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The Ignition System

The ignition system produces the spark necessary to ignite the air and fuel mixture in the engine cylinders. The ignition system has seen many redesigns over the years. The most drastic changes have occurred in the last fifteen years.

Types of ignition systems

  • Distributor
    • breaker point
    • electronic
  • Distributorless
  • Coil-on-plug or COP

Breaker point ignition system components include the following except the crankshaft sensor, pulley and ignition module.

Electronic distributor ignition systems substitute a stator for breaker points and include an ignition module.

Distributorless ignition systems include the following except the distributor, breaker points, capacitor, rotor, and distributor cap.

The most common ignition system found on cars manufactured today is the coil-on-plug system. This system is very efficient in terms of production, energy use, and maintenance. The COP ignition system has individual coils directly on top of the spark plugs, a crankshaft sensor and pulley, and ignition module.

Ignition system components

  • Ignition coil
  • Distributor
  • Breaker points
  • Capacitor
  • Rotor
  • Distributor cap
  • Ignition wires
  • Spark plugs
  • Crankshaft sensor
  • Crankshaft pulley
  • Ignition module

Ignition coil

The ignition coil generates the high voltage needed to ignite the air fuel mixture in the cylinders. It is usually mounted on the engine, firewall, or directly on top of the distributor.

Distributor

The distributor is the hub for the distribution of the ignition spark. It is located on top of the engine in the front or rear. It may be mounted vertically or horizontally. The distributor has a gear that meshes with a gear on the camshaft. This connection is how the distributor shaft turns the rotor.

Breaker points

The breaker points interrupt the ground path of the electricity from the coil. The points are located inside the distributor. They open by means of a cam on the distributor or a vacuum servo. When the points open, they break the electrical ground for the ignition coil. The electricity then flows from the coil to the spark plugs. The points have specific adjustments.

Capacitor

The capacitor acts as an electrical shock absorber for the points. It is designed to prevent arcing and slow the wear of the breaker points.

Rotor

The rotor serves as a path for the spark from the coil to the distributor cap. It sits on the top of the distributor shaft underneath the cap. The top middle of the rotor is connected to the coil wire terminal on the cap. As the rotor spins, the end of it makes contact with the terminals for each spark plug wire underneath the cap.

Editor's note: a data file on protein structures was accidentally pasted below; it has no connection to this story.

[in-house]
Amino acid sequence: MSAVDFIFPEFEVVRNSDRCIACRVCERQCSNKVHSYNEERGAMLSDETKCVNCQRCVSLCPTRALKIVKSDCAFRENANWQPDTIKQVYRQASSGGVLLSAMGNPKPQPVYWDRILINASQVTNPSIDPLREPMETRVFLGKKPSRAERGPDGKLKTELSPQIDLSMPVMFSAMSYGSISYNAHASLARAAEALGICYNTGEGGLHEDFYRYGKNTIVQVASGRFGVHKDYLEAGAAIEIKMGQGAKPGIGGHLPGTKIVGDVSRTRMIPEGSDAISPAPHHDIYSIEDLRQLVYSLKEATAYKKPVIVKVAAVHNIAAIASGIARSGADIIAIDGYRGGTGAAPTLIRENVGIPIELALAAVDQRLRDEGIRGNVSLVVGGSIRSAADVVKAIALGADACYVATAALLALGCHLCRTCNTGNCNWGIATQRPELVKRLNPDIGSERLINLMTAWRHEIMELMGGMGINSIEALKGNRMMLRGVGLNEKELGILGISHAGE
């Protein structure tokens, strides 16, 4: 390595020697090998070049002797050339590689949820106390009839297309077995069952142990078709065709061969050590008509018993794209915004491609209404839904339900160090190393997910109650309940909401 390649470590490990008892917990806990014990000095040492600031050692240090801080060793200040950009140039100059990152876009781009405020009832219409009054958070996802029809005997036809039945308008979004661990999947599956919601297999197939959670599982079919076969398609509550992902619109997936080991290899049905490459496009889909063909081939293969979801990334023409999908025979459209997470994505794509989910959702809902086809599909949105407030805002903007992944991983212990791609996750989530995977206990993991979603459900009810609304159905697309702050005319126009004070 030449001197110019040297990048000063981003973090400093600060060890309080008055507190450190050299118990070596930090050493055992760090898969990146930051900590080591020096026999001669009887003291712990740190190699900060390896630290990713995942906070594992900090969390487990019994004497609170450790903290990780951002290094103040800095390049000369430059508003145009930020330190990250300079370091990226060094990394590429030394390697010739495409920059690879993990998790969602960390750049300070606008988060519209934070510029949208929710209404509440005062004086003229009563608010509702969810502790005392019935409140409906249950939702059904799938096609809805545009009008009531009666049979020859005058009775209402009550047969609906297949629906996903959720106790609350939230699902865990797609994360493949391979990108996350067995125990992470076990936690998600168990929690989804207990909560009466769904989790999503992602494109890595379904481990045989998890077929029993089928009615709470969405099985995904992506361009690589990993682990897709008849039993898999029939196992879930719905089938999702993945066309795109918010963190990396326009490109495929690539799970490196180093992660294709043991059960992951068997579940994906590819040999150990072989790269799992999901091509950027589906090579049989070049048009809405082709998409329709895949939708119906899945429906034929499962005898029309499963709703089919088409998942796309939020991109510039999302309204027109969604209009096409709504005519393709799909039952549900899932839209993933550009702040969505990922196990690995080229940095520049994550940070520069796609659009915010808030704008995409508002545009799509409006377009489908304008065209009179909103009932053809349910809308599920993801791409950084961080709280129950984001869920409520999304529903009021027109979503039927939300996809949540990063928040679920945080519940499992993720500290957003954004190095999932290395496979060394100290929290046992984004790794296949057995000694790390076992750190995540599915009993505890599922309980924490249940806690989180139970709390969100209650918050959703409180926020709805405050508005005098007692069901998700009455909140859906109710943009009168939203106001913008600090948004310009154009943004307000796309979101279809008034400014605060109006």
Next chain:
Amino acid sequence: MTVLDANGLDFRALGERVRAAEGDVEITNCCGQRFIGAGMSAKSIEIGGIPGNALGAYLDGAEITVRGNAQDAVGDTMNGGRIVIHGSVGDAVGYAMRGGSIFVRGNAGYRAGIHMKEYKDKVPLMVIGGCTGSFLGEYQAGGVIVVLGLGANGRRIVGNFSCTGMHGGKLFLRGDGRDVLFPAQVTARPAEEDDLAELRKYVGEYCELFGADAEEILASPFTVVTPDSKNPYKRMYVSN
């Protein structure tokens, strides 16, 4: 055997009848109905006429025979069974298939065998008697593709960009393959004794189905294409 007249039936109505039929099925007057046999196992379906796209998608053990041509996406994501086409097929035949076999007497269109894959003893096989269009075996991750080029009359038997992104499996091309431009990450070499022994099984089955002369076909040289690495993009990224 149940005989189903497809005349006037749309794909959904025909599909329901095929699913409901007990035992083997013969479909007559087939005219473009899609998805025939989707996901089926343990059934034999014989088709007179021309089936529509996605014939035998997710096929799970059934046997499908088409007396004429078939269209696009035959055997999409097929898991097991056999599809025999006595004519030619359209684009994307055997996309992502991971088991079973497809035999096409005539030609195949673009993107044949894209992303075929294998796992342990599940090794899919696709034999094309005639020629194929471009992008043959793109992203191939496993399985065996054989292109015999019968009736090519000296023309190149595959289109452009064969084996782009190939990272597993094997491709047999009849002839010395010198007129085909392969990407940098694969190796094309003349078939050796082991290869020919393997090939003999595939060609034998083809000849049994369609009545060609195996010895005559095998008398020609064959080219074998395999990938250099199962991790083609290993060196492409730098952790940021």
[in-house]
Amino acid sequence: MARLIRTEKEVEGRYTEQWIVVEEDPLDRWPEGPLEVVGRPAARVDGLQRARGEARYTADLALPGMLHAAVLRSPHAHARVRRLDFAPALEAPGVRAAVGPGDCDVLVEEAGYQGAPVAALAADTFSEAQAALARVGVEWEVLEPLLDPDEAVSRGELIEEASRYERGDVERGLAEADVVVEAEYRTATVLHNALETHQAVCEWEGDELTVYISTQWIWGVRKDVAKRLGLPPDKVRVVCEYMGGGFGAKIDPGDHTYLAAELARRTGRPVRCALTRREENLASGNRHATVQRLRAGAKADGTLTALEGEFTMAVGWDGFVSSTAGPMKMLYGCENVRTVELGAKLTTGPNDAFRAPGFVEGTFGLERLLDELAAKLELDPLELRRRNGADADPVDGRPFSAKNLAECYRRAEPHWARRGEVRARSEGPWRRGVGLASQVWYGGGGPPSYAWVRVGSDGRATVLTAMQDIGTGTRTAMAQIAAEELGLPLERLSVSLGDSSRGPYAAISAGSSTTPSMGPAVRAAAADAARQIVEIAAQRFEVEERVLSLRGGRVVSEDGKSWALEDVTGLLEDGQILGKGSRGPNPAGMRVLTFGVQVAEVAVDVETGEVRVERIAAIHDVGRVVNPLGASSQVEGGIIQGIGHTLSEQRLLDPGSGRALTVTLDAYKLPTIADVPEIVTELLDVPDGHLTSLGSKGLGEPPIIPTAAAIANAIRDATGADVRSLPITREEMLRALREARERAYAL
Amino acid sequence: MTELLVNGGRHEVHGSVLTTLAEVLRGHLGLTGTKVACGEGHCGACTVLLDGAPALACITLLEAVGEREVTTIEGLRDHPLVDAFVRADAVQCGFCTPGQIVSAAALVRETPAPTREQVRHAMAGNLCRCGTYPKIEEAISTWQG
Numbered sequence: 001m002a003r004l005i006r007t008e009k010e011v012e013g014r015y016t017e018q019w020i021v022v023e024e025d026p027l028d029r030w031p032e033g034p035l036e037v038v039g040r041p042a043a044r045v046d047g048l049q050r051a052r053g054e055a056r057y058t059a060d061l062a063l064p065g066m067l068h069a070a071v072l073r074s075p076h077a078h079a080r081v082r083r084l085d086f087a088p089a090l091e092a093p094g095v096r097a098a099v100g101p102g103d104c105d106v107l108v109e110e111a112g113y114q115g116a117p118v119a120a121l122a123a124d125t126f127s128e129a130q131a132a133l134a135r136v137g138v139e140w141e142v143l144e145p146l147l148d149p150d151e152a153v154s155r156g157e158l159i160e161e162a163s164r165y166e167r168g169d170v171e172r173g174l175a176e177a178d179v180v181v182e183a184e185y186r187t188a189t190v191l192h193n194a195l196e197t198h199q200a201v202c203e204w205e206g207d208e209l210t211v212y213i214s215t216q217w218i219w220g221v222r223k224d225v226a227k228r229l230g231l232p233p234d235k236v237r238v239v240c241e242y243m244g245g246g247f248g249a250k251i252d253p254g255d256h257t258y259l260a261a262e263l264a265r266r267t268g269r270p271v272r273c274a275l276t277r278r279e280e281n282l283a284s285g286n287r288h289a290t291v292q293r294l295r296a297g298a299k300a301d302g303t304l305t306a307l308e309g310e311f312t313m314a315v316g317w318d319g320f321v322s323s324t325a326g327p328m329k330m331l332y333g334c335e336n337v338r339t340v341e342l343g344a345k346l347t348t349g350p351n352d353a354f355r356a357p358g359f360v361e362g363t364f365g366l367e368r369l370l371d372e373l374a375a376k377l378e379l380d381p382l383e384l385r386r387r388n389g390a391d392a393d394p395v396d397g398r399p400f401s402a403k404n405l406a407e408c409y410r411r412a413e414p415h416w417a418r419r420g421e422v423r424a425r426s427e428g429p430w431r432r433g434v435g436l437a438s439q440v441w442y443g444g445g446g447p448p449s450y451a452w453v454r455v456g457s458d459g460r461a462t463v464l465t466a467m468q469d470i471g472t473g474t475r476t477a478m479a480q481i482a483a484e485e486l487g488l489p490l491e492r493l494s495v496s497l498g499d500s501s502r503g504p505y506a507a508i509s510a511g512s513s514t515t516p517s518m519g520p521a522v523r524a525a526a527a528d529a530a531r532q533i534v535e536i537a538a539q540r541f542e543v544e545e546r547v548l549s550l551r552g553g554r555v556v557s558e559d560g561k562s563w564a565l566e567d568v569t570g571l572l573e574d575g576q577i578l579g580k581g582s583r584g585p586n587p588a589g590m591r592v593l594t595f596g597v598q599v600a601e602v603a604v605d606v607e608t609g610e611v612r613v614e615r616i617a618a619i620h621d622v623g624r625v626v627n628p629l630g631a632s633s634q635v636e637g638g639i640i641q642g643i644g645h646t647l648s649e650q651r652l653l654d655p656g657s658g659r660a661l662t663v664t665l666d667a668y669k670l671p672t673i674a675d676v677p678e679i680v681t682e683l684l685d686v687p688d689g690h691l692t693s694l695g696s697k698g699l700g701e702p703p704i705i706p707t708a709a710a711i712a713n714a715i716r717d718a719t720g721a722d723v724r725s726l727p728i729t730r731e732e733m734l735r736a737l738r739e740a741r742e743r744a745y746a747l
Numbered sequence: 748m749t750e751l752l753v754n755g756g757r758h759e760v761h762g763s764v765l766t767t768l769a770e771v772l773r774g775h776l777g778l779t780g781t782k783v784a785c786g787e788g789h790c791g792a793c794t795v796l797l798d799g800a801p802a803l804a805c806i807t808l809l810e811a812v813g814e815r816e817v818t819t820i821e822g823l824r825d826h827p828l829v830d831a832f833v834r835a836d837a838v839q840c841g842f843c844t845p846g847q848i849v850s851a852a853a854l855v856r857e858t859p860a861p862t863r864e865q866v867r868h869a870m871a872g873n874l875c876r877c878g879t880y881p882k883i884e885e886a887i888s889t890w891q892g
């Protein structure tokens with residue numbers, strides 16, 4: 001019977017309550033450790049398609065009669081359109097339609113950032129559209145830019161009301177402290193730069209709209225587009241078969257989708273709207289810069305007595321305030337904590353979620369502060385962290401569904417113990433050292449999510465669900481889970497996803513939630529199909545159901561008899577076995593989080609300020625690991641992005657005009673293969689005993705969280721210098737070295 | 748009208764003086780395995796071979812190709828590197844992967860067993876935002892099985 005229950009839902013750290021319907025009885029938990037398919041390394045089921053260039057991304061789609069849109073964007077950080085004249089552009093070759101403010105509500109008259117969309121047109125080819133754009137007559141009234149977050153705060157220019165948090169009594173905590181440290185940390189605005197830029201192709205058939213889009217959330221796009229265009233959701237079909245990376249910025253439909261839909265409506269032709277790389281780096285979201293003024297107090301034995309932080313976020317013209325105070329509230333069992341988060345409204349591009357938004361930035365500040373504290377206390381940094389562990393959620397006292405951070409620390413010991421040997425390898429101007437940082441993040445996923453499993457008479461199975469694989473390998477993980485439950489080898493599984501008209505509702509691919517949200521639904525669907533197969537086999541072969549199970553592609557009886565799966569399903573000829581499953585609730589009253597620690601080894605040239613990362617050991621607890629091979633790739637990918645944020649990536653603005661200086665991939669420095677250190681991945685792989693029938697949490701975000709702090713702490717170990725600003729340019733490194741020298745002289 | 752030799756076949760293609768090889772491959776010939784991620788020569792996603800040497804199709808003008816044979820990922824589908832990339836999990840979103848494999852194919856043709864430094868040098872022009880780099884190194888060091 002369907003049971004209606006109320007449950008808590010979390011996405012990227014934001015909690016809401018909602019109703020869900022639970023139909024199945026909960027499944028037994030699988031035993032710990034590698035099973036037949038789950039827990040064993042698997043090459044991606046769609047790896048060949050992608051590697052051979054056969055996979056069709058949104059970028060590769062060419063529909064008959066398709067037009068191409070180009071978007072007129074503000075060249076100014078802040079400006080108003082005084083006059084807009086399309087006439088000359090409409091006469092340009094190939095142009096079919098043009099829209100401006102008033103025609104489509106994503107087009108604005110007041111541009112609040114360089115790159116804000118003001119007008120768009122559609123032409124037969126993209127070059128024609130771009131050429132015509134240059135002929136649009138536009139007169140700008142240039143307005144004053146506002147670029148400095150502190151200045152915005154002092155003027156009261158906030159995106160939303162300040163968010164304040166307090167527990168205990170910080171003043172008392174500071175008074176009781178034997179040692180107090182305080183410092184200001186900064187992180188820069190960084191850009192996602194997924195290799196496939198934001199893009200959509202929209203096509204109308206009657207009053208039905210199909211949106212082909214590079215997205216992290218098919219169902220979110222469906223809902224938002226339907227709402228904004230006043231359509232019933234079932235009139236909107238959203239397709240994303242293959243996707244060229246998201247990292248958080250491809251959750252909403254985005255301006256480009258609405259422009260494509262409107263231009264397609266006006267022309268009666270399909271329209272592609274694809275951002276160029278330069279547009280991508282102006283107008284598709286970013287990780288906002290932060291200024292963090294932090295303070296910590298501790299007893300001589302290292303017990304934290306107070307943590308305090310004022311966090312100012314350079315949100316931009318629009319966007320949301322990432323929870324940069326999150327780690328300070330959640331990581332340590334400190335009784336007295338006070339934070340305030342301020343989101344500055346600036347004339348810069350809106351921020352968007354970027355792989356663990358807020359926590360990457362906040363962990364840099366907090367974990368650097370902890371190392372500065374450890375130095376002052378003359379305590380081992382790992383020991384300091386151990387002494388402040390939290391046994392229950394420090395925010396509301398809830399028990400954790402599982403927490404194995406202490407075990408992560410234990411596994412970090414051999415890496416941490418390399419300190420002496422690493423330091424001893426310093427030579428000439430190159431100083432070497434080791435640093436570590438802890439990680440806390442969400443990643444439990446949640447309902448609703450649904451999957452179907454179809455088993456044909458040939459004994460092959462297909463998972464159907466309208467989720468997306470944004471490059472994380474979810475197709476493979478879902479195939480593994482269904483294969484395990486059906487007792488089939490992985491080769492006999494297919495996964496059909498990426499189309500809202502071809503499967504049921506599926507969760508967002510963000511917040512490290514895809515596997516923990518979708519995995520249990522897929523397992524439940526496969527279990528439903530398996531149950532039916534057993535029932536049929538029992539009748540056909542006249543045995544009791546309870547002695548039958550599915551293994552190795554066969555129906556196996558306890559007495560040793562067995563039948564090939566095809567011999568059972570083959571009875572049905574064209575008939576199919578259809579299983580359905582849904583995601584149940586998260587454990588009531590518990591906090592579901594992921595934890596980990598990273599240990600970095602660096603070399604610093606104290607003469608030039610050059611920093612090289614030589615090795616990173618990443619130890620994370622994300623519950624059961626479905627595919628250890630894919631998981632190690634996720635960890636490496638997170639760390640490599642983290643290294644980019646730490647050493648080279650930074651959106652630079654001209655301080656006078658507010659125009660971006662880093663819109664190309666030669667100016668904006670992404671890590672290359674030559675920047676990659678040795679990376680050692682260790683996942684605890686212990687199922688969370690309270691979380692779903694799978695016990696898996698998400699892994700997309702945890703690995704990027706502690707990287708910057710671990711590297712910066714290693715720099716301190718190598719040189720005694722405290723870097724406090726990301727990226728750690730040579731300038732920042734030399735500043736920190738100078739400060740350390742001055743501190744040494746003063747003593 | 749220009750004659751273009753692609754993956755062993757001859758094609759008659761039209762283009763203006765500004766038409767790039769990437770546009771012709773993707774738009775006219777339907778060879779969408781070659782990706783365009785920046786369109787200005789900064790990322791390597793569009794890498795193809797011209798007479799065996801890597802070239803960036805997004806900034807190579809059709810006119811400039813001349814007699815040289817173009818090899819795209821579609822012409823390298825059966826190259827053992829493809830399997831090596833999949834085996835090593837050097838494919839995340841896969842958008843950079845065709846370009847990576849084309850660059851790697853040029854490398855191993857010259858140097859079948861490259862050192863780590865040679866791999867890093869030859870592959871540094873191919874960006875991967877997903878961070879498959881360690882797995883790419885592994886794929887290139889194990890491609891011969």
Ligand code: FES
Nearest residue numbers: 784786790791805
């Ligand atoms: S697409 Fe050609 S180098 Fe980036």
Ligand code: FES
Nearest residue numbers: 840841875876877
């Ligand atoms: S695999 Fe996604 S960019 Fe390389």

Distributor cap

The distributor cap provides a route for the electricity from the rotor to the wires. It is mounted to the top of the distributor. The spark plug wires and coil wire attach to the distributor cap.

Ignition or spark plug wires

The spark plug wires provide the path for electricity to flow from the coil to the distributor cap and from the distributor cap to the spark plugs. They are insulated and must be routed properly and separately.

Spark plugs

The spark plugs are the end of the line for the high voltage in the ignition system. The spark plugs are mounted on the cylinder head. The high voltage arcs across the gap from the electrode to the ground strap. This arcing produces a high voltage spark that ignites the air and fuel mixture in the cylinder.

Crankshaft sensor

The crankshaft sensor indicates the position of the piston in cylinder number one. The position of this piston when the spark occurs is very crucial. It is the reference for which the engine is timed. The crankshaft position sensor is typically a hall effect sensor.  It sends a signal to the ignition module indicating the position of cylinder one piston when it detects a missing tooth on the crankshaft pulley. Consequently the module knows when to apply power to the coil(s).

Crankshaft pulley

The crankshaft pulley provides a reference for the position of cylinder number one piston. The pulley can only be installed in one position and one direction.

Ignition module

In a coil-on-plug system the ignition module uses the information from the crankshaft sensor to switch the coils off and on at the appropriate time. The module may be integrated into the PCM, ECM or other module that controls the engine.

Ignition system timing

Ignition system timing refers to the moment when the spark at the spark plug occurs in relation to where the piston is in its travel. The ignition system must be set correctly for the engine to perform correctly. Ideally the spark will occur just before the piston reaches the apex of its travel. This will ensure that the air and fuel mixture is ignited properly and entirely. Timing of the ignition system in distributor ignition systems is achieved by rotating the distributor clockwise or counter clockwise. In all other systems timing is computer controlled and cannot be adjusted.

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